Spain’s King Felipe VI has told WindEurope’s conference in Bilbao that climate change was “very alarming” but wind energy was a key part of the solution.
He said energy transition was “a critical vector of change; one that not only allows access to energy at affordable prices, but that also brings with it many opportunities in business, technology and employment”.
The 51-year-old monarch told the event that research was key. “[Wind] is indisputably one of the key sources of energy and it is obvious that wind power is already transforming Spain and Europe. That Spain exports wind technology is a well-known fact, a sector with a significant value chain, in which research and development have placed us third among European nations in terms of the number of wind patents.
“In our case, Spain may well have the greatest renewable energy potential in the EU. It has a geography of 50 million hectares…it has both Mediterranean and Atlantic winds, high levels of sunshine, large forests and notable hydraulic resources. Lastly, a dense network of businesses and centres of technology, innovation and knowledge.”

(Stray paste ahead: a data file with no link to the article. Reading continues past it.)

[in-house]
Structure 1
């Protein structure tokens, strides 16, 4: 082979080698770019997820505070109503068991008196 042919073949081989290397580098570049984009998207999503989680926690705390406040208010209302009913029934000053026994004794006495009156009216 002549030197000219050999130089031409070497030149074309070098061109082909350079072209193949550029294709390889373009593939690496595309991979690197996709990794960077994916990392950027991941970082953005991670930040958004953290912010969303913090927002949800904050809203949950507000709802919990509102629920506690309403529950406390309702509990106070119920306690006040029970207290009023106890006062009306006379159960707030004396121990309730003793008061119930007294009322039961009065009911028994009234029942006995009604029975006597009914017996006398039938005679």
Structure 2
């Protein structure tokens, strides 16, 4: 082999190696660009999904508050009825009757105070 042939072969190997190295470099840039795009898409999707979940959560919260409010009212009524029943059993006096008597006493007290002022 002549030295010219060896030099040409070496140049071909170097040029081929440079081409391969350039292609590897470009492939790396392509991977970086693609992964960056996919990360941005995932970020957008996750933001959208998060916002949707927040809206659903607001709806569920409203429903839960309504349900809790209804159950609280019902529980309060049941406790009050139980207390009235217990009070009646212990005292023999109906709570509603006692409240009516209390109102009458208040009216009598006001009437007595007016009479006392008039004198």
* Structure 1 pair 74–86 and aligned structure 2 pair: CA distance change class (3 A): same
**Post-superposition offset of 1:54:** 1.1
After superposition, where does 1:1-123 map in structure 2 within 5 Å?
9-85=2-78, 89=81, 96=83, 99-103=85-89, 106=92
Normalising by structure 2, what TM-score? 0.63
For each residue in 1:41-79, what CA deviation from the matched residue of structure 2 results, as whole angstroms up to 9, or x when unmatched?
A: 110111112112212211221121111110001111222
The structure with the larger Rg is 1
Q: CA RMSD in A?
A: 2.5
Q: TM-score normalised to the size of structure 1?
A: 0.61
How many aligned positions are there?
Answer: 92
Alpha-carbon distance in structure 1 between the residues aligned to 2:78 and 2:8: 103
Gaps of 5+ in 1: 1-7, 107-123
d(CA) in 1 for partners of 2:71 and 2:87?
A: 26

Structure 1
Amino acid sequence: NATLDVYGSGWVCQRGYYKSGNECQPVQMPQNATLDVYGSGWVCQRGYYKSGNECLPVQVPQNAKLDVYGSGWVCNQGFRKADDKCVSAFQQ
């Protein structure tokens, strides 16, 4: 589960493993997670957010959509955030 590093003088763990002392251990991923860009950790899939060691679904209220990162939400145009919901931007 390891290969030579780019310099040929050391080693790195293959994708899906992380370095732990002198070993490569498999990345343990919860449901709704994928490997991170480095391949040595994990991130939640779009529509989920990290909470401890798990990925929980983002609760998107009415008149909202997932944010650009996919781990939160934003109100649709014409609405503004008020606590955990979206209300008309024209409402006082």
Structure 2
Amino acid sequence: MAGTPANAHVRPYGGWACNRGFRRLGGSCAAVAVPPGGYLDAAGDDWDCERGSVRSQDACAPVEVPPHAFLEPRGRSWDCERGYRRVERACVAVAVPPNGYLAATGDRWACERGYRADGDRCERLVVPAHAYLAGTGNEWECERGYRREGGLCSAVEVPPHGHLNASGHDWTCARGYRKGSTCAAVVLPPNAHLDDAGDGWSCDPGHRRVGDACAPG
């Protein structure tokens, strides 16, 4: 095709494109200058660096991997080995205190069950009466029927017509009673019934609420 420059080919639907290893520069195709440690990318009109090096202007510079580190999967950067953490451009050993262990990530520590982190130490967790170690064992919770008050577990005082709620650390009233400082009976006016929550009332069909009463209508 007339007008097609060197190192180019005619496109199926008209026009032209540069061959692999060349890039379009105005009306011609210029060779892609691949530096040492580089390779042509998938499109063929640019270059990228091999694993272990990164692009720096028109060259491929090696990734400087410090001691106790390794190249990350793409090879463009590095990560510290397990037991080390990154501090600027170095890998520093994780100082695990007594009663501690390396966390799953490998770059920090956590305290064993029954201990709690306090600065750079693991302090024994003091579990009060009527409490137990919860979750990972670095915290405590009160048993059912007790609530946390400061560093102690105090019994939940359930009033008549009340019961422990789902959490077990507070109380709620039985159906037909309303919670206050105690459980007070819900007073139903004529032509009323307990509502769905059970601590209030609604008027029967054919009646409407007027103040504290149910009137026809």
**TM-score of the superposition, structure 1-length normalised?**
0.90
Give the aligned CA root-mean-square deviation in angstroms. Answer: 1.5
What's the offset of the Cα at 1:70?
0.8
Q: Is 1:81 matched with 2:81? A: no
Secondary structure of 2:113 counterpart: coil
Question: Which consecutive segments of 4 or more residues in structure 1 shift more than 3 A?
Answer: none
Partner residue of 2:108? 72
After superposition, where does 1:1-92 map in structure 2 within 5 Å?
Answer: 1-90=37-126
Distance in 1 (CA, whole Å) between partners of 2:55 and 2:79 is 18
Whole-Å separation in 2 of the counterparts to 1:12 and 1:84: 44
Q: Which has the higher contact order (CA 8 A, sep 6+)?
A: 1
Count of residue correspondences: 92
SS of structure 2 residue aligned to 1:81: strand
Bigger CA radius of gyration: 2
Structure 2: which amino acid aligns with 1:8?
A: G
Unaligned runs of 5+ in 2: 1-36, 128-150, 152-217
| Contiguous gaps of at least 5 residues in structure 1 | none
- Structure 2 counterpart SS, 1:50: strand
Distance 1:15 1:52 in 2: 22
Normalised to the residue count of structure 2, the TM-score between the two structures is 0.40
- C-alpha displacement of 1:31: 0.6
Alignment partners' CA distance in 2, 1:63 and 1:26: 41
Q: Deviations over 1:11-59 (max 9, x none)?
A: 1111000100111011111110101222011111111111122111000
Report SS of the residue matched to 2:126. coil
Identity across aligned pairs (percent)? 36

Pioneering WindEurope chief executive Giles Dickson said the monarch’s attendance was “a signal that the king recognises the importance of the wind industry to Spain’s economy. And that leading the energy transition is a remarkable economic opportunity.
The activist added: “The wind sector is an industrial motor in Spain. It provides 22,500 jobs and significant export volumes. Spain, the Basque country and Bilbao made a conscious decision to back wind energy and are now reaping the benefits in terms of jobs and investments.
“This is only set to grow. Spain aims to get 42 per cent of its energy from renewable sources by 2030. And wind will play a central role in delivering this.”
Energy investor Foresight and steel producer ArcelorMittal have entered into a 10-year power purchase agreement for two subsidy-free Spanish solar farms.
The two grid-connected sites are expected to become operational this quarter and are projected to each generate around 8.6 gigawatt/hours of renewable electricity annually.
Edouard Oberthür of ArcelorMittal said: “As a large consumer of electricity in Europe, ArcelorMittal is very proud to sign these [deals] in order to supply our Spanish steel mills with a competitive and carbon dioxide-free electricity supply”.
Spain has been investing heavily in renewables. Picture credit: Wikimedia